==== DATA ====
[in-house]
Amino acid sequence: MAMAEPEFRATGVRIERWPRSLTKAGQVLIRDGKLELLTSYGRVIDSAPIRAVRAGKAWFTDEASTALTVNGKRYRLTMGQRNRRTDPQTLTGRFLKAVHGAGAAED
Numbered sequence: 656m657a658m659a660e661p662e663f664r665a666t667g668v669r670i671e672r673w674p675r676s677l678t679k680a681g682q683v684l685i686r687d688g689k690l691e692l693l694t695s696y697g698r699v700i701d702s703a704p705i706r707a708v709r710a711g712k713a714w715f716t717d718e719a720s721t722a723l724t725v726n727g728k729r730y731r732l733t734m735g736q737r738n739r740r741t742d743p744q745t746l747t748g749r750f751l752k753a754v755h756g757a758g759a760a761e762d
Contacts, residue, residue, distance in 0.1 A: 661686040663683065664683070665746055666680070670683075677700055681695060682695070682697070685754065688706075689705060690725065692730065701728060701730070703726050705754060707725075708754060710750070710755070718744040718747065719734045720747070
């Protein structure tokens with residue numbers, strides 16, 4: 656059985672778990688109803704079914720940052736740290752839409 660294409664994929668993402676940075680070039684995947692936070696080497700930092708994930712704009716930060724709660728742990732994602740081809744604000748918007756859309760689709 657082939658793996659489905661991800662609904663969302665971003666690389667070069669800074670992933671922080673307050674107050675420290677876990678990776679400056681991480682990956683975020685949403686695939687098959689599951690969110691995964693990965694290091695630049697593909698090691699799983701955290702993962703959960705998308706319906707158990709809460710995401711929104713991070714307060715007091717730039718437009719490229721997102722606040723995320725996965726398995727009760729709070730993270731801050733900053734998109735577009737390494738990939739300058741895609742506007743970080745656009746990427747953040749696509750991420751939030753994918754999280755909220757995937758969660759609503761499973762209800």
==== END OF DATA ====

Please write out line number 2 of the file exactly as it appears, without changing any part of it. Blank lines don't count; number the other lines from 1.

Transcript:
Amino acid sequence: MAMAEPEFRATGVRIERWPRSLTKAGQVLIRDGKLELLTSYGRVIDSAPIRAVRAGKAWFTDEASTALTVNGKRYRLTMGQRNRRTDPQTLTGRFLKAVHGAGAAED